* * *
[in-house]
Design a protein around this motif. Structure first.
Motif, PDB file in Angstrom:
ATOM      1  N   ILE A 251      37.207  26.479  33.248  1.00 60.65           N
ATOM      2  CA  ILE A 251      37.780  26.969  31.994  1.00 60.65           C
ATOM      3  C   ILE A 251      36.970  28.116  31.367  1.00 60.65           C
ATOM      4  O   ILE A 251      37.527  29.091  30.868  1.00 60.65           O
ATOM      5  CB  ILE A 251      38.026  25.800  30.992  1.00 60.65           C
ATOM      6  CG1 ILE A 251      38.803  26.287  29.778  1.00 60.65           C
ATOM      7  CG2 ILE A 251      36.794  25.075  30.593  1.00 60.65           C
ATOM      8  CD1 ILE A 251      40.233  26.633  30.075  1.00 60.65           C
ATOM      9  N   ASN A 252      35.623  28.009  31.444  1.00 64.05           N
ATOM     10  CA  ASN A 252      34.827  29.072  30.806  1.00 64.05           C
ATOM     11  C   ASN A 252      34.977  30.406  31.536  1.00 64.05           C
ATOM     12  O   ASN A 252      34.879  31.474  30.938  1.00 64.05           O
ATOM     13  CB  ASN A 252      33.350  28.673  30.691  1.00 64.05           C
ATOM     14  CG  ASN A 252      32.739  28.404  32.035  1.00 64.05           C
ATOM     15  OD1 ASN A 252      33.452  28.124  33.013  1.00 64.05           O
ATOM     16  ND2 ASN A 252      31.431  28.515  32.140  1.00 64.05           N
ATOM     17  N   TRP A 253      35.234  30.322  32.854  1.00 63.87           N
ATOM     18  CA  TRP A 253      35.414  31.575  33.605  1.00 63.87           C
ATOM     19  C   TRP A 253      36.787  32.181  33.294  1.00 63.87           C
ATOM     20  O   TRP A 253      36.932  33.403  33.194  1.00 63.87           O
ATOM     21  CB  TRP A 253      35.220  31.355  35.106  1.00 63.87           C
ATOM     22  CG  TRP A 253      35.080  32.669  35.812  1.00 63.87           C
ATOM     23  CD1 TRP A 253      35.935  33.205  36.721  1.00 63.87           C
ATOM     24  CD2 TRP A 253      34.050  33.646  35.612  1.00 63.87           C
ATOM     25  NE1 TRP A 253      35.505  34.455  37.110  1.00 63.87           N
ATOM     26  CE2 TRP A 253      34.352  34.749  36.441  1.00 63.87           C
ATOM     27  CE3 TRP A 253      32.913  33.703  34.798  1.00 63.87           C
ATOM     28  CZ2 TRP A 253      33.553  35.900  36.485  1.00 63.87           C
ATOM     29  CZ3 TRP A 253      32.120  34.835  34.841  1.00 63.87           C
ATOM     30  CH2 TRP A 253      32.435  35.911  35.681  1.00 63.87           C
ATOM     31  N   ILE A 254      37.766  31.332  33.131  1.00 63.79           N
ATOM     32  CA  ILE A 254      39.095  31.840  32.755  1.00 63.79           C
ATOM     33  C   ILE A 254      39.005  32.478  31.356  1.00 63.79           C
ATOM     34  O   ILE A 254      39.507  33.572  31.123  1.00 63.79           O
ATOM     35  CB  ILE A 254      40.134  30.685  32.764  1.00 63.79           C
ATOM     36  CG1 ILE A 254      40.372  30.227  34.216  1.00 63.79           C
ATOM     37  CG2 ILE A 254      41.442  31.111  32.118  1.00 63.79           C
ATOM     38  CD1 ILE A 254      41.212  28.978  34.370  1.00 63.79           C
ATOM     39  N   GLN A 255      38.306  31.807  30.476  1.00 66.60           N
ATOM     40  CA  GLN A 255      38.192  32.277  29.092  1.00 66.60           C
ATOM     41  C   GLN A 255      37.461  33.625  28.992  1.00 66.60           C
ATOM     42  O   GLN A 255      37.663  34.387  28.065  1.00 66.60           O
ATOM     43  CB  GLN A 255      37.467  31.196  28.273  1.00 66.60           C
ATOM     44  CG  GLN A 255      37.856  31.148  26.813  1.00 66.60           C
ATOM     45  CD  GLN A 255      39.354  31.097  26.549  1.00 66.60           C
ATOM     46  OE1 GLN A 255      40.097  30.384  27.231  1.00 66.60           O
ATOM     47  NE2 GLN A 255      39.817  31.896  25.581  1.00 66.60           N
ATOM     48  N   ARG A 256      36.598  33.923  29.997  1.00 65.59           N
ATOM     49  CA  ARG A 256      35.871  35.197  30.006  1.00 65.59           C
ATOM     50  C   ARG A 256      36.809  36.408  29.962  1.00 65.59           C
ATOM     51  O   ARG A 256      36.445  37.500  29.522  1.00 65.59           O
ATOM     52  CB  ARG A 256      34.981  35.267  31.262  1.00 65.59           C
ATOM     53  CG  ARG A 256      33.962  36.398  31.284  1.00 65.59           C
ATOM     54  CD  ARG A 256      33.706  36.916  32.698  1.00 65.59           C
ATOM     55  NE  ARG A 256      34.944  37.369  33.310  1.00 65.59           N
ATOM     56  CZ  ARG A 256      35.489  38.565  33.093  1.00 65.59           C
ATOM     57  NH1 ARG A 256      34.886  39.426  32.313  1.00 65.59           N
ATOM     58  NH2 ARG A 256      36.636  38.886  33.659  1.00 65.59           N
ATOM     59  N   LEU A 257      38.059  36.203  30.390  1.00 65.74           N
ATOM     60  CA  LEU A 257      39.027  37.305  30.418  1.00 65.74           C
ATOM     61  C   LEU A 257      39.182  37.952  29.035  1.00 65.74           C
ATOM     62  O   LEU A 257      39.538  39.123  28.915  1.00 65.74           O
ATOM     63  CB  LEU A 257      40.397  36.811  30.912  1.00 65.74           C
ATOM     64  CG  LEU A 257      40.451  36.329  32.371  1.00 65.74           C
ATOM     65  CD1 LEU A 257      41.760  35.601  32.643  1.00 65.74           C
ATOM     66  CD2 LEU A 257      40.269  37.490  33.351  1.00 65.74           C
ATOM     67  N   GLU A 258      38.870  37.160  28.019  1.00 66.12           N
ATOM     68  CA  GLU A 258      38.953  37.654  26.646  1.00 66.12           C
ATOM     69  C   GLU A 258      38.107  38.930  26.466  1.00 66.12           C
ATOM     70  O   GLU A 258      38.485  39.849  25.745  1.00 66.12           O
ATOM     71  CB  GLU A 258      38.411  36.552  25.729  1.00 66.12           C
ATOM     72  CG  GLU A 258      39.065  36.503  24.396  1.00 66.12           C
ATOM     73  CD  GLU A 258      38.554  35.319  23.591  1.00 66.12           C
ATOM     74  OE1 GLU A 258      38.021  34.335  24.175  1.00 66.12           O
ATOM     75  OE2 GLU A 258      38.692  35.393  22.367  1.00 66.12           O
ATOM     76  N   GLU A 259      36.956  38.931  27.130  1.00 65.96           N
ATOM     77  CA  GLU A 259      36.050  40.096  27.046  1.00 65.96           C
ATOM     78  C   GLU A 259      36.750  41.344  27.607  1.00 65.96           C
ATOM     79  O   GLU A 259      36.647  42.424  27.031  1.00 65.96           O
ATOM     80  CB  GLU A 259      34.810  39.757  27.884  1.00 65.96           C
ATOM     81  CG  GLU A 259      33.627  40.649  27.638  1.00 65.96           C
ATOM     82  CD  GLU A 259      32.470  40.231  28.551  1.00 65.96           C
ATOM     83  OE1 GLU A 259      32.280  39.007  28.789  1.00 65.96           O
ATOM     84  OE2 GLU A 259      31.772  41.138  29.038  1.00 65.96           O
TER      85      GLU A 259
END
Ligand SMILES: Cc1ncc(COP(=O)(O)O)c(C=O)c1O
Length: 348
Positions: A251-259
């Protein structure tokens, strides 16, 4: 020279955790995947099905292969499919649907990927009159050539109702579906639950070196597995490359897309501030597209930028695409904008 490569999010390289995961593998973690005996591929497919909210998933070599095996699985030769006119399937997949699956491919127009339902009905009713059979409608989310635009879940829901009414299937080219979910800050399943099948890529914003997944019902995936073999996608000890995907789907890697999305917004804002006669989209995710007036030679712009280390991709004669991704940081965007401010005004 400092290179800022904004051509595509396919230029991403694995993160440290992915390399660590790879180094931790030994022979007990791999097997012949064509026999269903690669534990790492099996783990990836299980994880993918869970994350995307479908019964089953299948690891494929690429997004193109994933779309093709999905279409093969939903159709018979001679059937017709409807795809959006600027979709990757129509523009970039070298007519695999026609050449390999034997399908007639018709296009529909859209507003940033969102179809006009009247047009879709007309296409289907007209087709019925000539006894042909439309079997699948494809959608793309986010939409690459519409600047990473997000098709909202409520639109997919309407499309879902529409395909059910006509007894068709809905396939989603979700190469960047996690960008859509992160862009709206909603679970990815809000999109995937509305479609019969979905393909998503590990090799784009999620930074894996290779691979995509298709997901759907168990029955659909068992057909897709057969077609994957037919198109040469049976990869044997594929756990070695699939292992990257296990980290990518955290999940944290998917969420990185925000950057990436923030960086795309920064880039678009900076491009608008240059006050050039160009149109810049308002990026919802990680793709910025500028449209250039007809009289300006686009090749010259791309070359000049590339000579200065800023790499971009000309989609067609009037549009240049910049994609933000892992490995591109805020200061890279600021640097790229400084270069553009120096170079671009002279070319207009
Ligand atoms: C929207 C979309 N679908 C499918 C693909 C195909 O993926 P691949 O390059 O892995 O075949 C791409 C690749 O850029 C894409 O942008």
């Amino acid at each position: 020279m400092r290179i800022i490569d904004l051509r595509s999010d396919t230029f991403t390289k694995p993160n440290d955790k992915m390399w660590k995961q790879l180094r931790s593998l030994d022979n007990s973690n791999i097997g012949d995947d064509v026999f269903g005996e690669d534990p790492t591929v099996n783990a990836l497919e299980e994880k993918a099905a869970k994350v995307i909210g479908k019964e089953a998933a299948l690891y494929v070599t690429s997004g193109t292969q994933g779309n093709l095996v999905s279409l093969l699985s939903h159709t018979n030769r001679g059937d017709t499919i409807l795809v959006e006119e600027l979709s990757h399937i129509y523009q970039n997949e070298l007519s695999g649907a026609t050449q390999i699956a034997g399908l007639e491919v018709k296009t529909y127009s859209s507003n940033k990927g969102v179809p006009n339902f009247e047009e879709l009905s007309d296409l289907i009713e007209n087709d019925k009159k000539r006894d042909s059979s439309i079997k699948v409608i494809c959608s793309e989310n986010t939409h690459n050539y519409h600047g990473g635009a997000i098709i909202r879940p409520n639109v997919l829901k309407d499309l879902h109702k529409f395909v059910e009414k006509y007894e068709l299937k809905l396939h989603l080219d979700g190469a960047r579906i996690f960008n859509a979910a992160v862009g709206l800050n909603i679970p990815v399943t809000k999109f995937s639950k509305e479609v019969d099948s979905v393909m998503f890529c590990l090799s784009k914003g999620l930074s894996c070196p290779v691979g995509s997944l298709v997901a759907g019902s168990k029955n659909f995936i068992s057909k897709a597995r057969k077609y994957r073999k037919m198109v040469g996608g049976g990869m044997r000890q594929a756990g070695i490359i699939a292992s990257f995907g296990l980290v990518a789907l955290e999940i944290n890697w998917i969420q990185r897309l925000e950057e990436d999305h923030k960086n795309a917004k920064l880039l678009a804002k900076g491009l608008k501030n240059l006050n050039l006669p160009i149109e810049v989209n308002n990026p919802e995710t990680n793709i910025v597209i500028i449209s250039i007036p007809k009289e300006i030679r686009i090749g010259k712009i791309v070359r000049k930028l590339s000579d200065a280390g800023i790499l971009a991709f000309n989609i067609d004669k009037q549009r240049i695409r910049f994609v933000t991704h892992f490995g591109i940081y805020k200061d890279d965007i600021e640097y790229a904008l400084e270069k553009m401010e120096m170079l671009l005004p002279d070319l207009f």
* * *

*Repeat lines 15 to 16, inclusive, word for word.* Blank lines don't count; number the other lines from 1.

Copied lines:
ATOM     12  O   ASN A 252      34.879  31.474  30.938  1.00 64.05           O
ATOM     13  CB  ASN A 252      33.350  28.673  30.691  1.00 64.05           C